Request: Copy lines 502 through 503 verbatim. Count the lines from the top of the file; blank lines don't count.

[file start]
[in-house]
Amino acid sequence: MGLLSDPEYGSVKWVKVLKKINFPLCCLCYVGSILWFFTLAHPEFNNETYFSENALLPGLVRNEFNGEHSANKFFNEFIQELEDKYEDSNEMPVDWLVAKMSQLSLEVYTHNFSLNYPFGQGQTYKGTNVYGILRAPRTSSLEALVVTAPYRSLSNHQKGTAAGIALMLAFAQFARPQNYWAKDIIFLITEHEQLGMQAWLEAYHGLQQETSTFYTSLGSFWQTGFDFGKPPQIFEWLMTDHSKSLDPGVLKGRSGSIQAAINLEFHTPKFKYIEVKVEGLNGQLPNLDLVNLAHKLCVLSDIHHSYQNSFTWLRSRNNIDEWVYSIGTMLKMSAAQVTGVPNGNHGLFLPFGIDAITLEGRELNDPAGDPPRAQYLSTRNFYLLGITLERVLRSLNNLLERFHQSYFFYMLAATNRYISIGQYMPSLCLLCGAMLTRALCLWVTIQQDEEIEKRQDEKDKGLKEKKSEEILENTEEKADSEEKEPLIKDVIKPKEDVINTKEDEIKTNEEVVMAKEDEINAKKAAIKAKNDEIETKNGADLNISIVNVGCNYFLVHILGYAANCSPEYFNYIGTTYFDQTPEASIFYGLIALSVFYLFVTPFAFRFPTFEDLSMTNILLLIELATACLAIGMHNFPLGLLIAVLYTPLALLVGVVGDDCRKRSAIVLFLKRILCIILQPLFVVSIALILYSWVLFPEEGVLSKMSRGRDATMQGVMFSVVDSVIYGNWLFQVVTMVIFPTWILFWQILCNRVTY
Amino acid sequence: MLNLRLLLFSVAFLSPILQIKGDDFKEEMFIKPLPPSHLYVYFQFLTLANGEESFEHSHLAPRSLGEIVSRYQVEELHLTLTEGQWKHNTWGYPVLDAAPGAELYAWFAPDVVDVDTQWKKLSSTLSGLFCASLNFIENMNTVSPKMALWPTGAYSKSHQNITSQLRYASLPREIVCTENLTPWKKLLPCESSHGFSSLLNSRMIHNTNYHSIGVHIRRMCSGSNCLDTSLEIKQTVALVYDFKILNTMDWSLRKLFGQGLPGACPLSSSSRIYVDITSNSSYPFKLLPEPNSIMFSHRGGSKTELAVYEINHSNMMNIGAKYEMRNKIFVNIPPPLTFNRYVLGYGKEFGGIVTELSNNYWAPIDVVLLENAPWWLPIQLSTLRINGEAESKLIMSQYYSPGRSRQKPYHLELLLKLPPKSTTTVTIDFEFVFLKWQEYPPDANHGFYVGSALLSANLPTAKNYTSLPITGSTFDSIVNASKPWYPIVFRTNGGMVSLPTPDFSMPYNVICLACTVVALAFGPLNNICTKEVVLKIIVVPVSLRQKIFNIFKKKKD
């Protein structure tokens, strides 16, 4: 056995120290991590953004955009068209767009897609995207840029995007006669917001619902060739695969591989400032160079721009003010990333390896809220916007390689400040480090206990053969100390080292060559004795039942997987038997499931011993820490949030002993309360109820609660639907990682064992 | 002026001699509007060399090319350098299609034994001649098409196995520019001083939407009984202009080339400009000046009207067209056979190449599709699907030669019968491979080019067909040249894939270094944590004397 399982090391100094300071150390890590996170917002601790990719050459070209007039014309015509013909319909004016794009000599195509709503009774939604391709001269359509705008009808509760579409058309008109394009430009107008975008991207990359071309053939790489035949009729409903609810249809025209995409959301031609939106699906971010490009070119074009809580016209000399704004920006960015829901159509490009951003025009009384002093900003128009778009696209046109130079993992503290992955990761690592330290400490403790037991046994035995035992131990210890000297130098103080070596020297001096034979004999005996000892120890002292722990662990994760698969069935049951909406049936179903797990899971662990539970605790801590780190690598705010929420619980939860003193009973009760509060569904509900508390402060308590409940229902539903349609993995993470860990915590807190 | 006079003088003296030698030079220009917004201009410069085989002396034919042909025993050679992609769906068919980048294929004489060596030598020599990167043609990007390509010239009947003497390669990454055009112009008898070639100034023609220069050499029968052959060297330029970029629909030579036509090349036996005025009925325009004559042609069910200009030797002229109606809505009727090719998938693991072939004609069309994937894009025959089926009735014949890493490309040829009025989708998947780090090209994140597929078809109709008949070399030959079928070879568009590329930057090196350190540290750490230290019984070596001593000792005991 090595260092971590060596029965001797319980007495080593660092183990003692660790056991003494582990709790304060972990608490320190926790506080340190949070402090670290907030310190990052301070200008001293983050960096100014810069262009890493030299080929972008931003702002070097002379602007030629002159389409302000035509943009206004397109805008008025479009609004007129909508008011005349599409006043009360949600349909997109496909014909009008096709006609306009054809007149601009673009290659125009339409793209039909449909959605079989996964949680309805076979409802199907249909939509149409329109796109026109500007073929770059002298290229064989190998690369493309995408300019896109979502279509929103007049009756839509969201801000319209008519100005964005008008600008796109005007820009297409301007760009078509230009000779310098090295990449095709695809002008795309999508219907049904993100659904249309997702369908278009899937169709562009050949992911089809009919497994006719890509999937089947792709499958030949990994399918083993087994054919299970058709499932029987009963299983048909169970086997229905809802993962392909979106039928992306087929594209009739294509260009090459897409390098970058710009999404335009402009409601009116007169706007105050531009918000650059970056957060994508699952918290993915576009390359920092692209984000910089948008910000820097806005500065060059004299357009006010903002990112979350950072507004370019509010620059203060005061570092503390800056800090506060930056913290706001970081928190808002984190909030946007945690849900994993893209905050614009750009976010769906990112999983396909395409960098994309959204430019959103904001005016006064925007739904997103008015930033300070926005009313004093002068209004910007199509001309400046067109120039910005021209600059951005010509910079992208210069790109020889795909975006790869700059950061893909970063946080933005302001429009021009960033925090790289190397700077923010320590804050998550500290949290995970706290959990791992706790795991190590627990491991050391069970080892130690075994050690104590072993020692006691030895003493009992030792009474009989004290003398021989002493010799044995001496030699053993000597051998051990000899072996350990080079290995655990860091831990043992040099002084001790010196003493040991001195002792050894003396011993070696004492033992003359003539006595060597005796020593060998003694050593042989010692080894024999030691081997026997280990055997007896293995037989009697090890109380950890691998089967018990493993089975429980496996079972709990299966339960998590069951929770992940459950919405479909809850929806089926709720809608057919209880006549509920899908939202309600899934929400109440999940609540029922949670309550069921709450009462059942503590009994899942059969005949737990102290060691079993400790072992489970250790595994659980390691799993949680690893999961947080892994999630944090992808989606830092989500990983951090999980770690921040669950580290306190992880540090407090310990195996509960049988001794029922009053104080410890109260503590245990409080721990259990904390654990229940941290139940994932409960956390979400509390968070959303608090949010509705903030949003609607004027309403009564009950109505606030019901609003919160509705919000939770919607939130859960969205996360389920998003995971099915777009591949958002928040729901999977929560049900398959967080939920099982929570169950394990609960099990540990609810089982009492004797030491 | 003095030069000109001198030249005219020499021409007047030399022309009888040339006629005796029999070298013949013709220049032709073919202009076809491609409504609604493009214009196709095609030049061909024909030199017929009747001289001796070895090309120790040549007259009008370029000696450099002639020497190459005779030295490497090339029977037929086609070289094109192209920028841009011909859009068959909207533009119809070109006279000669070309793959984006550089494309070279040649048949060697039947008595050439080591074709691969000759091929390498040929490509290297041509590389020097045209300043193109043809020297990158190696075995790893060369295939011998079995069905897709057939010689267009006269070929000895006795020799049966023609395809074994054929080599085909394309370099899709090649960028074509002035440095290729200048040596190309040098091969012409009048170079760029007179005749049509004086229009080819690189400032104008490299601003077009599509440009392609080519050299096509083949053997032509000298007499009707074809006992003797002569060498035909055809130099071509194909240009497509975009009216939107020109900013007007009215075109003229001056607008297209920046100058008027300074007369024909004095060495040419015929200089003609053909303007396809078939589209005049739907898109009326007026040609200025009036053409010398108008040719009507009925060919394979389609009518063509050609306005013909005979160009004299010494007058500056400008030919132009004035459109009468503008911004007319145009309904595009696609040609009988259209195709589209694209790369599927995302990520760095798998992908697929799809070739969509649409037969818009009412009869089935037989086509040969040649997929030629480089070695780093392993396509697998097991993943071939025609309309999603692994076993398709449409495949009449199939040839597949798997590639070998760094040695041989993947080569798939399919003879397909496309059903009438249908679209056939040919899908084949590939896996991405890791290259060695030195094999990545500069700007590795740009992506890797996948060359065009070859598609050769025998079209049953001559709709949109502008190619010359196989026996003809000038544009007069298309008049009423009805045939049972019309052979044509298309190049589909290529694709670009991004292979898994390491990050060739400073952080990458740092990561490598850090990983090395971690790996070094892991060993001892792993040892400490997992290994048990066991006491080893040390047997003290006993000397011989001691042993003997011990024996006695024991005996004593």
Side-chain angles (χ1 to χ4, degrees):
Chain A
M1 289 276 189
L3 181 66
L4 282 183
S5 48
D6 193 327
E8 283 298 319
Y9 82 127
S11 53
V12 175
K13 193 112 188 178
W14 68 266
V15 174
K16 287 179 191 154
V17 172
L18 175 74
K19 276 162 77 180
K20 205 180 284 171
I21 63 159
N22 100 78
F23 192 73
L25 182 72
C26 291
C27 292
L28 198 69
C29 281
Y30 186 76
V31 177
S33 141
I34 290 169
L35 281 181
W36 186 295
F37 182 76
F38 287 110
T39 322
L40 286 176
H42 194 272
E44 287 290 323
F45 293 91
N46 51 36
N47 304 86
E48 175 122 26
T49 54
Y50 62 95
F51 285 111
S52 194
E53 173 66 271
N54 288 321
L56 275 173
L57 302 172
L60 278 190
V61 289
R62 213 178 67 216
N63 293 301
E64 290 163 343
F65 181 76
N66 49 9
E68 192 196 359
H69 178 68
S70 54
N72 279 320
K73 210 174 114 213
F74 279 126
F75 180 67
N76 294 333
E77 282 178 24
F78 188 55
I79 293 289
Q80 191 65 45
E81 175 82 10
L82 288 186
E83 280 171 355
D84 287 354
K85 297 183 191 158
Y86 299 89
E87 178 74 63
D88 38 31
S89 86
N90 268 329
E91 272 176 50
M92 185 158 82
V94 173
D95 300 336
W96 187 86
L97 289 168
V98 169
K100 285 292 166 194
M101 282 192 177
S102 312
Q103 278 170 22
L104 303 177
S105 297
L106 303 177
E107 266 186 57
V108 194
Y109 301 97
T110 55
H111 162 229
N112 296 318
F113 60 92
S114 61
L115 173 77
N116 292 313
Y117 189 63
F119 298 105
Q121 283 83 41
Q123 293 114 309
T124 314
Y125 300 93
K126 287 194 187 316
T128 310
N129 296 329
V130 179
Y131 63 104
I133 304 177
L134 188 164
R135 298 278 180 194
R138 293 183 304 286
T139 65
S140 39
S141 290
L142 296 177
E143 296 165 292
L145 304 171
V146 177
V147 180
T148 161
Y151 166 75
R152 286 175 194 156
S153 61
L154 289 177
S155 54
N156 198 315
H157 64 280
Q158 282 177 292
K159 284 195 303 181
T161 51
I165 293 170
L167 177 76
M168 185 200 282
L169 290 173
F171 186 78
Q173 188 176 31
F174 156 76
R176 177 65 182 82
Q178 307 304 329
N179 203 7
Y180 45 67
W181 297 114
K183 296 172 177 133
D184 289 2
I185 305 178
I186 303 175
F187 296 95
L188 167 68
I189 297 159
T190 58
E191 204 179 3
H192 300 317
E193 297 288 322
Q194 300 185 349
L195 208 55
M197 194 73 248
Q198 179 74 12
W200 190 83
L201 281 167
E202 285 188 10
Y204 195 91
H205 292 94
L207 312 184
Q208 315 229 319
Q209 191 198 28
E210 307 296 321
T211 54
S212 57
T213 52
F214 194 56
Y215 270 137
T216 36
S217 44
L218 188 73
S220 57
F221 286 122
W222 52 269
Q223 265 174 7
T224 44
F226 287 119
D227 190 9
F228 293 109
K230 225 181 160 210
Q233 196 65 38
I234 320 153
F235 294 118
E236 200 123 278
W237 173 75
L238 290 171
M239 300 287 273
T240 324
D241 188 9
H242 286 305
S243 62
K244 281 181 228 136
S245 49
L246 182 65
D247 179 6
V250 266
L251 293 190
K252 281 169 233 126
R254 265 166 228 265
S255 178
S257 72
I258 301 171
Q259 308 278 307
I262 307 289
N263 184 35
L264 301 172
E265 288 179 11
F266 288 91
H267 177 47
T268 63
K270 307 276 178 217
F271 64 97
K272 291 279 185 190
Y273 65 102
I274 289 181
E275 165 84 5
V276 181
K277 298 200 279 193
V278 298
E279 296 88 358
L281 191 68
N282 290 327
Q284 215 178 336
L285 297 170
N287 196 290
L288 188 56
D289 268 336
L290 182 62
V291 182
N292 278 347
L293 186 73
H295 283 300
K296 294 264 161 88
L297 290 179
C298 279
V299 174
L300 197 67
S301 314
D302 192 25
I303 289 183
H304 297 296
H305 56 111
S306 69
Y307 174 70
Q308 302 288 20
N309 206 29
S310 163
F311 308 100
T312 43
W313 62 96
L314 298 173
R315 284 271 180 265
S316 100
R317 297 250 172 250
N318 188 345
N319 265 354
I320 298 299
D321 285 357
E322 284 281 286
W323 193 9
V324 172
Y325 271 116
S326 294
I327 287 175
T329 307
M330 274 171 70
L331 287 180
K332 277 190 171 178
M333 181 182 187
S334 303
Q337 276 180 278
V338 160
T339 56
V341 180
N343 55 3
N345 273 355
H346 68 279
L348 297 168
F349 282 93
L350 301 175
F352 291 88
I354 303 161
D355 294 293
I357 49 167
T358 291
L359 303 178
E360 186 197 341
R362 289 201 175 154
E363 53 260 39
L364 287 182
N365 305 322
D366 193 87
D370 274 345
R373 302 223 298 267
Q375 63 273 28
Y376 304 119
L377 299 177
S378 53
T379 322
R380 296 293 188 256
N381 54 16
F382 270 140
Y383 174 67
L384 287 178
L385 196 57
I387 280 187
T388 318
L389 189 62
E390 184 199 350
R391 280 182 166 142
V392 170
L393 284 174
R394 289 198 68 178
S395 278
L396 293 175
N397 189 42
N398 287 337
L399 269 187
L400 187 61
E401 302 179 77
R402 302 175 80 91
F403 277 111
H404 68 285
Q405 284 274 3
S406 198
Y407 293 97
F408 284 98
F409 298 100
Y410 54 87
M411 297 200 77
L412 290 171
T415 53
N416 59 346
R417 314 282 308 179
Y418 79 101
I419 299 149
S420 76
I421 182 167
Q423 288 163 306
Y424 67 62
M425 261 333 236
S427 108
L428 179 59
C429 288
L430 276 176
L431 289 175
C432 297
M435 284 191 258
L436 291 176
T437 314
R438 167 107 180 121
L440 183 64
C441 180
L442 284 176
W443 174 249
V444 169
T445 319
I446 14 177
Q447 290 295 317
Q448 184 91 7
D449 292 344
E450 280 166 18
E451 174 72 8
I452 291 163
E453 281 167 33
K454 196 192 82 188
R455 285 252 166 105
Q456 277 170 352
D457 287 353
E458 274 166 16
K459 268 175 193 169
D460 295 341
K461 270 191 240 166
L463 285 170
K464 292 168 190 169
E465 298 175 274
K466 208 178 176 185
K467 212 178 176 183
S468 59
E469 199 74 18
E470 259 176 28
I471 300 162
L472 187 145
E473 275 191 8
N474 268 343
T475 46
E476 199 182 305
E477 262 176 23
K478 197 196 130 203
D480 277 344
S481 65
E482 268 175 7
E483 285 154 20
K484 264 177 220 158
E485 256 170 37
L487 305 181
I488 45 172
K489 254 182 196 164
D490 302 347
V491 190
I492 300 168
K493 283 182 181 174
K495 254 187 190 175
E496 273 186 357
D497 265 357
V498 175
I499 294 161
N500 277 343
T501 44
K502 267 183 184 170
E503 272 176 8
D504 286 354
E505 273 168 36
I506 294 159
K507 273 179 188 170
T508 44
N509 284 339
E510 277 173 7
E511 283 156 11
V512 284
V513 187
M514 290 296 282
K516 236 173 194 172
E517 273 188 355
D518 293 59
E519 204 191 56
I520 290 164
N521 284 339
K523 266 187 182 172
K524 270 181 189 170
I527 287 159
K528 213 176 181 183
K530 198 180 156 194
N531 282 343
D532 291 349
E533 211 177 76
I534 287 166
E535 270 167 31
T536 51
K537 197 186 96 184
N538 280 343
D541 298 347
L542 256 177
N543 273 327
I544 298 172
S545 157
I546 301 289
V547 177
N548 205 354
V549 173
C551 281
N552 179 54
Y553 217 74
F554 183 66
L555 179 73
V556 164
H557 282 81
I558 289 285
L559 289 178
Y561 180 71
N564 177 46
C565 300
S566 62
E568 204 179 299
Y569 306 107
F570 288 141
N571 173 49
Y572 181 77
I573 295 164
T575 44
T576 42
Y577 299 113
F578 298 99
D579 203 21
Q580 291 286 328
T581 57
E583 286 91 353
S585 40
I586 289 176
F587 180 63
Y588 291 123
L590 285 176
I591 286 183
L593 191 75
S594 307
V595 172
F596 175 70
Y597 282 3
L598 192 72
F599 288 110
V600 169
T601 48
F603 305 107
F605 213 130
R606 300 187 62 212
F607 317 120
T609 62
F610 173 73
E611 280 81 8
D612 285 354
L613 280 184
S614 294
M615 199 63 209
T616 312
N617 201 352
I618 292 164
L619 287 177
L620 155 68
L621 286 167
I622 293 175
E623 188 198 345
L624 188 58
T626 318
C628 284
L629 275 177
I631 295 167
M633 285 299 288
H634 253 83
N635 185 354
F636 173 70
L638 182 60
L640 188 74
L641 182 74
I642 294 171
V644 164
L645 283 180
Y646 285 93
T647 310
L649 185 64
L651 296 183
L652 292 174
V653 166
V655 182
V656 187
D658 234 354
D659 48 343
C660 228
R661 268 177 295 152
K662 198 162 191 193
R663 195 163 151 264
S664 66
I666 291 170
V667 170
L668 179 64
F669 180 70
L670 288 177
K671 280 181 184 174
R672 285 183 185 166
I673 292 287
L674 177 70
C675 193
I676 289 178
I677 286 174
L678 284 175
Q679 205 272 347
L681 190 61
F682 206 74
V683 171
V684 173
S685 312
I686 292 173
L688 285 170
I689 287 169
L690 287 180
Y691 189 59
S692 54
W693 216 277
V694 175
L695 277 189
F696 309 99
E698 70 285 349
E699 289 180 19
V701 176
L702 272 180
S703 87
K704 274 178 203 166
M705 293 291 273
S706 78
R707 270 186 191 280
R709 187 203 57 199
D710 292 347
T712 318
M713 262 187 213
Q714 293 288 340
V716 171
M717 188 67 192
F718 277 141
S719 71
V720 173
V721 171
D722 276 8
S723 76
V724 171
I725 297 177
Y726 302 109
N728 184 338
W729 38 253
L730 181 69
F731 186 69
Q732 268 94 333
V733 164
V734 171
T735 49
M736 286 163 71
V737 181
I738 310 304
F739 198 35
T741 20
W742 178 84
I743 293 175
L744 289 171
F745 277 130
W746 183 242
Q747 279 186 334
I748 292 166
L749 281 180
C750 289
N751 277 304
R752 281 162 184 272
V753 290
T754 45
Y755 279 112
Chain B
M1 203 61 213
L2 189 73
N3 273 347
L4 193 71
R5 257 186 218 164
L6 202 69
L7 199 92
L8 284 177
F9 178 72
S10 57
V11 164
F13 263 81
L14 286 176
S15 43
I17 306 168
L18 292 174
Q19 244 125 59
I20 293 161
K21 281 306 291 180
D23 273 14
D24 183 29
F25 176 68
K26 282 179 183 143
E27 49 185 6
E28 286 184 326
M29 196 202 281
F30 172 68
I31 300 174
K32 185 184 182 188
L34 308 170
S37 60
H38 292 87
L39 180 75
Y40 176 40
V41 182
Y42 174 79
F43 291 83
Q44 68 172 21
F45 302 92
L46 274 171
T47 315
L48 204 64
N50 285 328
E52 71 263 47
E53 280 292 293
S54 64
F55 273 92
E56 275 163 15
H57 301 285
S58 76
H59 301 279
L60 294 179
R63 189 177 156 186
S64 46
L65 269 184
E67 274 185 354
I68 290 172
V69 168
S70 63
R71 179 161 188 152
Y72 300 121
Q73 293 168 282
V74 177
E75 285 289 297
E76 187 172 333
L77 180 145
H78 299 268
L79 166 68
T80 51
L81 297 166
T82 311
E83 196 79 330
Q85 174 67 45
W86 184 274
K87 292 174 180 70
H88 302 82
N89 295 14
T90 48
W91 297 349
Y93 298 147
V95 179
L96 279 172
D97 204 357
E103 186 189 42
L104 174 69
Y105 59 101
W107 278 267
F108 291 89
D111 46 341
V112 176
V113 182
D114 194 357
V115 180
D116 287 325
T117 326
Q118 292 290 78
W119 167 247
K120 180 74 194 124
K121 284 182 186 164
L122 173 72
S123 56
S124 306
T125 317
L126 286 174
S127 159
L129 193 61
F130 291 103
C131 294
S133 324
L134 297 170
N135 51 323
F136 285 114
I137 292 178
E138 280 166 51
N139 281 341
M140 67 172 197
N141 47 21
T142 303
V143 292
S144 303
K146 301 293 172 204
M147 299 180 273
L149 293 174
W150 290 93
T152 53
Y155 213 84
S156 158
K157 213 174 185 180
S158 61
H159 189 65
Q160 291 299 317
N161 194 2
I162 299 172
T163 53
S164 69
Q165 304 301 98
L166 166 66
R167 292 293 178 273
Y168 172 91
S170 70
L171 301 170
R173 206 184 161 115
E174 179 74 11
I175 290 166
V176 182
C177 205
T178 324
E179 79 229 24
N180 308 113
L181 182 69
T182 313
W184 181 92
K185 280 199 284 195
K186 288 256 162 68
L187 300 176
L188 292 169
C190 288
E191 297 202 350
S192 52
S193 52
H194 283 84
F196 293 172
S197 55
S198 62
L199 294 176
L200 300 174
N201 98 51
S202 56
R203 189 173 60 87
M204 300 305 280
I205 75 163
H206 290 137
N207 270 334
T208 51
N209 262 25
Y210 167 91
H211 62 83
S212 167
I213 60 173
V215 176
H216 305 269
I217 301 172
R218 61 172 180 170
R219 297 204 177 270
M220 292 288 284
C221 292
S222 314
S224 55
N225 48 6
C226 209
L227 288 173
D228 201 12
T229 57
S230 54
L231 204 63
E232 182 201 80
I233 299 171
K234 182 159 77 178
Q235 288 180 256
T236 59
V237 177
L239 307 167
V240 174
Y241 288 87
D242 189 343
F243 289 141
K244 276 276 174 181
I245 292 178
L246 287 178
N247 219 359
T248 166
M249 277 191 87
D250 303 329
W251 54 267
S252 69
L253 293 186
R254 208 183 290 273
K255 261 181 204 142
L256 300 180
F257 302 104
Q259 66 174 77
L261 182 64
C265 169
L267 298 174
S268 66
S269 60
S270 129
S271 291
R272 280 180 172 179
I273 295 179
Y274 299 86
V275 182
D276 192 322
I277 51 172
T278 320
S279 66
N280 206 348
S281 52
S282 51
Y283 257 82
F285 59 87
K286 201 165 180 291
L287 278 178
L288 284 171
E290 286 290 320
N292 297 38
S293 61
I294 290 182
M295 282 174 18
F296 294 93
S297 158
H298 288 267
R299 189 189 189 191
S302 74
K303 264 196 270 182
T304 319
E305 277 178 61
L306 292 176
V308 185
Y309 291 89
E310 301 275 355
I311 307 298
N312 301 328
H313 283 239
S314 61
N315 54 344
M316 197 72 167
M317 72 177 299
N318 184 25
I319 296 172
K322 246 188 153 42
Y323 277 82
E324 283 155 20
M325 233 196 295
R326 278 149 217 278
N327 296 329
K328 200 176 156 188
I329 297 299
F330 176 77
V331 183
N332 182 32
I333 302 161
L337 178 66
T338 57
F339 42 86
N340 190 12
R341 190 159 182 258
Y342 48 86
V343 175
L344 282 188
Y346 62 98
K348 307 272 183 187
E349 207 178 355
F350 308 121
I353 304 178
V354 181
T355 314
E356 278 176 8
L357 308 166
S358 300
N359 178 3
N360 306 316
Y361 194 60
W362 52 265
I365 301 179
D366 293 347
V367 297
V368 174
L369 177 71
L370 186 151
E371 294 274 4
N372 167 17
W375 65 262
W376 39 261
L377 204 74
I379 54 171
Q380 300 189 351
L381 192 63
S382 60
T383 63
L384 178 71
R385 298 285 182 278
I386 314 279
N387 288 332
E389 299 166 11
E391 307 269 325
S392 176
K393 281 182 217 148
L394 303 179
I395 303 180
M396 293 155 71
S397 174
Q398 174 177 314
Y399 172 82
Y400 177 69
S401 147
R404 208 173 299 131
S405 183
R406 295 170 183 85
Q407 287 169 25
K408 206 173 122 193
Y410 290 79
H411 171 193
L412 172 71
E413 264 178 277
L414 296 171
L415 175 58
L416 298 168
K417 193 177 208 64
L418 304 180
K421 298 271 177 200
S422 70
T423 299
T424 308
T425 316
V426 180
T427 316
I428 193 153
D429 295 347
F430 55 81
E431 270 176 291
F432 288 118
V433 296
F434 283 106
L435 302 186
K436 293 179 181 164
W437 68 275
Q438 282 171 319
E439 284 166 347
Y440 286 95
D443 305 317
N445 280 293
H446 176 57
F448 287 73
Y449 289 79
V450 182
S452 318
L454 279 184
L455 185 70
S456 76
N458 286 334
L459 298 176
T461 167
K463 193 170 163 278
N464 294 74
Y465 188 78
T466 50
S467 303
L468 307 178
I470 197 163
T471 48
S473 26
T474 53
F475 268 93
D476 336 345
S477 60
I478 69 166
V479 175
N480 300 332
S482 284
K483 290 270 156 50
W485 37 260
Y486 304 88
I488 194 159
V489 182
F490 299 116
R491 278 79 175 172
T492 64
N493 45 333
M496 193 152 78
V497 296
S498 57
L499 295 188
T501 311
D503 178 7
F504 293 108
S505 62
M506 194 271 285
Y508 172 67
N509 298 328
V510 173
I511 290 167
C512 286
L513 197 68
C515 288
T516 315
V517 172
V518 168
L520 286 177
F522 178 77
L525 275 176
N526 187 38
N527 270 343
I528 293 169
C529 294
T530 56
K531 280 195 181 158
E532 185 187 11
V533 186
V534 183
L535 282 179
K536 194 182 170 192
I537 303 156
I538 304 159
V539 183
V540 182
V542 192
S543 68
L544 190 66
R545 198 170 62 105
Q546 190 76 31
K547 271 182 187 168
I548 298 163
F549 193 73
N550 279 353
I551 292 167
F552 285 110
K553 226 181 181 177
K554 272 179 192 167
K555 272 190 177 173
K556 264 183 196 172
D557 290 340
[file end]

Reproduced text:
F596 175 70
Y597 282 3